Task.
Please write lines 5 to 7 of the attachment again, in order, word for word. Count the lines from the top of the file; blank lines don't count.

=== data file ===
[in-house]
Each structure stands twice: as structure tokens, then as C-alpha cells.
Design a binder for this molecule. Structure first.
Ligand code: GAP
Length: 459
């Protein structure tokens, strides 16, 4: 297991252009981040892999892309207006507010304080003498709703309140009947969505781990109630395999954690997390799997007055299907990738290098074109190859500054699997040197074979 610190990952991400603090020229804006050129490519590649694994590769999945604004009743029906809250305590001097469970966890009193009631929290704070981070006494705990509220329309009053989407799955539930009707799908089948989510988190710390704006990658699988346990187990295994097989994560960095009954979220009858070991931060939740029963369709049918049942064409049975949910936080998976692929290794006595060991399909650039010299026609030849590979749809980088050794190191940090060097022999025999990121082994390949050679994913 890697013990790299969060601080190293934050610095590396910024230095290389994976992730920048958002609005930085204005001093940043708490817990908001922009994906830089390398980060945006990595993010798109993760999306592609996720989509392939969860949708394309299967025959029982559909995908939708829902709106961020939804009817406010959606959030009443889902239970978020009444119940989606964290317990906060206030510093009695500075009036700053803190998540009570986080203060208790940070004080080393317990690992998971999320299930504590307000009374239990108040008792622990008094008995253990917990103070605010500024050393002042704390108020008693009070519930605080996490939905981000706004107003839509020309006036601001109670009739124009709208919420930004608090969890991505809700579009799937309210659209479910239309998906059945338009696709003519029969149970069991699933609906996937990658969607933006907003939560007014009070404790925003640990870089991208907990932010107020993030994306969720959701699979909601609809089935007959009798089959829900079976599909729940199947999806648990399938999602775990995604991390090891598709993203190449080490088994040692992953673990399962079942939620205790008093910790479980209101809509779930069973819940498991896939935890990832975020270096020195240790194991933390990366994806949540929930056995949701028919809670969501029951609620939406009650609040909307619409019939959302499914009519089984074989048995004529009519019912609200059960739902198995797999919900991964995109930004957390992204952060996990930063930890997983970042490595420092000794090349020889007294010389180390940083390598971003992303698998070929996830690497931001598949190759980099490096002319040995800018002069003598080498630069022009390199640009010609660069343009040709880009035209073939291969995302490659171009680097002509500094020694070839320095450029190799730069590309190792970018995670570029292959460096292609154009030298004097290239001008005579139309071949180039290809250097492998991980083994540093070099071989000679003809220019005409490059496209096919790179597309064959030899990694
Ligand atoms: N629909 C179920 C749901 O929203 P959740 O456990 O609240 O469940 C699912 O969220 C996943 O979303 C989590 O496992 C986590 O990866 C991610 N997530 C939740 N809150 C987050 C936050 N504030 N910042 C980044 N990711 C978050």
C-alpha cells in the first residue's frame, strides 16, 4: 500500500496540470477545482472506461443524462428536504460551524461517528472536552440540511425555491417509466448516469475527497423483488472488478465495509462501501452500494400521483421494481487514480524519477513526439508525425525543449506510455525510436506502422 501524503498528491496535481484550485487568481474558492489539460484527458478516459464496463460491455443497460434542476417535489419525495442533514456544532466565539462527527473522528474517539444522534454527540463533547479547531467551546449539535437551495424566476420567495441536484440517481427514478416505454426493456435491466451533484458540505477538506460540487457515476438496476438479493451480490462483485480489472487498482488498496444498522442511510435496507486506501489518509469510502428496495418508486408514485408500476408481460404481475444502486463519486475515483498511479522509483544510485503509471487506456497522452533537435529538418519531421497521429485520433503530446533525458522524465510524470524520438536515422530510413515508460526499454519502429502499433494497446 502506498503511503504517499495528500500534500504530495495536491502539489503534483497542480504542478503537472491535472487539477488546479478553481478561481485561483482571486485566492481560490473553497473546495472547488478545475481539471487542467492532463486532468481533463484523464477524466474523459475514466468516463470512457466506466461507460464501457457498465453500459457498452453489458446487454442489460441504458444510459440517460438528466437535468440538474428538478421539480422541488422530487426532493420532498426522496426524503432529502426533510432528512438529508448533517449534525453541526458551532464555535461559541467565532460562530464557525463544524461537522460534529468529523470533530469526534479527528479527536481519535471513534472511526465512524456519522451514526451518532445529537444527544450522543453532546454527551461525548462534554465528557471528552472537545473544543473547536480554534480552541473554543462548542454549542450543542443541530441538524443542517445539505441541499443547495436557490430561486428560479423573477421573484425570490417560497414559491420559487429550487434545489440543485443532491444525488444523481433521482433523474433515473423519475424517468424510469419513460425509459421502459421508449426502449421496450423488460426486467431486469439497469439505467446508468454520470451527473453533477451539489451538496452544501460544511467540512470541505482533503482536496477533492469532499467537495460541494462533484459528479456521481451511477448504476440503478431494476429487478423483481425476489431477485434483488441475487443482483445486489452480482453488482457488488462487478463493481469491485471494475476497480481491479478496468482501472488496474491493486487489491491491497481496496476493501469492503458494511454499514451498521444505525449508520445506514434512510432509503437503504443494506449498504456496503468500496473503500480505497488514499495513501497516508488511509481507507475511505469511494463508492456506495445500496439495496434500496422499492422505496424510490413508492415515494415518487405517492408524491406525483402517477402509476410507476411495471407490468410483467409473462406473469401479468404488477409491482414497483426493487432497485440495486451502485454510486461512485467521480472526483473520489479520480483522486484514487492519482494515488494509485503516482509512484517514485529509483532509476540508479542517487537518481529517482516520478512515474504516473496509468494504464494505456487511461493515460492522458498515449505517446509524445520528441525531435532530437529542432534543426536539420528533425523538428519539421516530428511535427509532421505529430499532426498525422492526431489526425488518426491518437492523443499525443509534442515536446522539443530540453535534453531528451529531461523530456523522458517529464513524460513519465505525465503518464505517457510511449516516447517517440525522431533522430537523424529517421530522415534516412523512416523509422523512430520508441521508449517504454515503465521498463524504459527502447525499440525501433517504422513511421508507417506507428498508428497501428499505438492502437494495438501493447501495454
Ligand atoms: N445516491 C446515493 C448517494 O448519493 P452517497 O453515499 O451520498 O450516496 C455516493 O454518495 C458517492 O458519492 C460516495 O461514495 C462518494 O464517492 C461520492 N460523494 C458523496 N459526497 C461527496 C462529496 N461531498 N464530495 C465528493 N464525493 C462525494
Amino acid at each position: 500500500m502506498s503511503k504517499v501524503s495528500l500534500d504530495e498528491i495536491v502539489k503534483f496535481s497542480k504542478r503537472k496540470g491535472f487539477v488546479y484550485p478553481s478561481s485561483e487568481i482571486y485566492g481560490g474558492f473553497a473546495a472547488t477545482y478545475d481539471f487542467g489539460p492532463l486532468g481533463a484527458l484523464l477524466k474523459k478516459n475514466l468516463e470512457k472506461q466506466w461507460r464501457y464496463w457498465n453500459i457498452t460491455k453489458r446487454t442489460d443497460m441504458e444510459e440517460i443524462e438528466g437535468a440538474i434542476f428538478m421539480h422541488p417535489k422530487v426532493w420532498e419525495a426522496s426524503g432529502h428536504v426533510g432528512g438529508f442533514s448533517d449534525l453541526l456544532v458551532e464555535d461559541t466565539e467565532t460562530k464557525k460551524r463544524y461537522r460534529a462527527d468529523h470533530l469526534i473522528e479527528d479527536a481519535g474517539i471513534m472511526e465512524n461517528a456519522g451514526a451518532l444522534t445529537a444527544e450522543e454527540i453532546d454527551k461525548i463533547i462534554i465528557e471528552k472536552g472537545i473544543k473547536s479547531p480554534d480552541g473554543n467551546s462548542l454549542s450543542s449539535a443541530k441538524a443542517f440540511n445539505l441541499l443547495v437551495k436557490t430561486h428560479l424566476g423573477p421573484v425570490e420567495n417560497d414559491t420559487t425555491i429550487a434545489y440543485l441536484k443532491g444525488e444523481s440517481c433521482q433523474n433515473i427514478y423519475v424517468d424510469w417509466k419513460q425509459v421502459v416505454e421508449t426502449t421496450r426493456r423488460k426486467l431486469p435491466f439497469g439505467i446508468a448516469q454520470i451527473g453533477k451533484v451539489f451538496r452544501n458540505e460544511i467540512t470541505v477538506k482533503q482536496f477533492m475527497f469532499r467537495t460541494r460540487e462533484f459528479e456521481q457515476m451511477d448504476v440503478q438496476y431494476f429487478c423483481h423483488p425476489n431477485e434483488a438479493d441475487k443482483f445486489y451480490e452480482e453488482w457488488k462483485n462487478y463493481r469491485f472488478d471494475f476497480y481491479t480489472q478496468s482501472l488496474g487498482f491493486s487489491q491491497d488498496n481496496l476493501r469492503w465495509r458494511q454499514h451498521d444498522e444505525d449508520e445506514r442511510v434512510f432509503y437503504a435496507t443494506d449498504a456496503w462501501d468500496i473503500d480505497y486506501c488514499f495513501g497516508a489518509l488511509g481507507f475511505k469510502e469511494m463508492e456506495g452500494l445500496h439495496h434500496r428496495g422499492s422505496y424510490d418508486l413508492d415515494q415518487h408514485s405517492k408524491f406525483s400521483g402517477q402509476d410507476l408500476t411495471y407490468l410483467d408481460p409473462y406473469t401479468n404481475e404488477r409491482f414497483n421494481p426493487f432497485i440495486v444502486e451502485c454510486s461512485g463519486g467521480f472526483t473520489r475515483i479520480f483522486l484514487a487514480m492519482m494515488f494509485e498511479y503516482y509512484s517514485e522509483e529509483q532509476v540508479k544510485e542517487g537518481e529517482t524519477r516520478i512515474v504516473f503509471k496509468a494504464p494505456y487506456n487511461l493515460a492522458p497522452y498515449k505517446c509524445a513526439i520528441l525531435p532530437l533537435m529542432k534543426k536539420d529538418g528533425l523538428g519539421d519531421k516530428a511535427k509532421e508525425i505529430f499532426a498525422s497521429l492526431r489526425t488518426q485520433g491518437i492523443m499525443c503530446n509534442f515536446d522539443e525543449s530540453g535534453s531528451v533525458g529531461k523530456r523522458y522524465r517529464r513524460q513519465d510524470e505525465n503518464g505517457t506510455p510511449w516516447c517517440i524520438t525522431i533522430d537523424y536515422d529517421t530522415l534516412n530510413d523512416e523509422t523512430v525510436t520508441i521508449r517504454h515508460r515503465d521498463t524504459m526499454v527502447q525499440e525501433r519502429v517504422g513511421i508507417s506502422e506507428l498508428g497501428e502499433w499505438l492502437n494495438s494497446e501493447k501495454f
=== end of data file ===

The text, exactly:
Length: 459
């Protein structure tokens, strides 16, 4: 297991252009981040892999892309207006507010304080003498709703309140009947969505781990109630395999954690997390799997007055299907990738290098074109190859500054699997040197074979 610190990952991400603090020229804006050129490519590649694994590769999945604004009743029906809250305590001097469970966890009193009631929290704070981070006494705990509220329309009053989407799955539930009707799908089948989510988190710390704006990658699988346990187990295994097989994560960095009954979220009858070991931060939740029963369709049918049942064409049975949910936080998976692929290794006595060991399909650039010299026609030849590979749809980088050794190191940090060097022999025999990121082994390949050679994913 890697013990790299969060601080190293934050610095590396910024230095290389994976992730920048958002609005930085204005001093940043708490817990908001922009994906830089390398980060945006990595993010798109993760999306592609996720989509392939969860949708394309299967025959029982559909995908939708829902709106961020939804009817406010959606959030009443889902239970978020009444119940989606964290317990906060206030510093009695500075009036700053803190998540009570986080203060208790940070004080080393317990690992998971999320299930504590307000009374239990108040008792622990008094008995253990917990103070605010500024050393002042704390108020008693009070519930605080996490939905981000706004107003839509020309006036601001109670009739124009709208919420930004608090969890991505809700579009799937309210659209479910239309998906059945338009696709003519029969149970069991699933609906996937990658969607933006907003939560007014009070404790925003640990870089991208907990932010107020993030994306969720959701699979909601609809089935007959009798089959829900079976599909729940199947999806648990399938999602775990995604991390090891598709993203190449080490088994040692992953673990399962079942939620205790008093910790479980209101809509779930069973819940498991896939935890990832975020270096020195240790194991933390990366994806949540929930056995949701028919809670969501029951609620939406009650609040909307619409019939959302499914009519089984074989048995004529009519019912609200059960739902198995797999919900991964995109930004957390992204952060996990930063930890997983970042490595420092000794090349020889007294010389180390940083390598971003992303698998070929996830690497931001598949190759980099490096002319040995800018002069003598080498630069022009390199640009010609660069343009040709880009035209073939291969995302490659171009680097002509500094020694070839320095450029190799730069590309190792970018995670570029292959460096292609154009030298004097290239001008005579139309071949180039290809250097492998991980083994540093070099071989000679003809220019005409490059496209096919790179597309064959030899990694
Ligand atoms: N629909 C179920 C749901 O929203 P959740 O456990 O609240 O469940 C699912 O969220 C996943 O979303 C989590 O496992 C986590 O990866 C991610 N997530 C939740 N809150 C987050 C936050 N504030 N910042 C980044 N990711 C978050």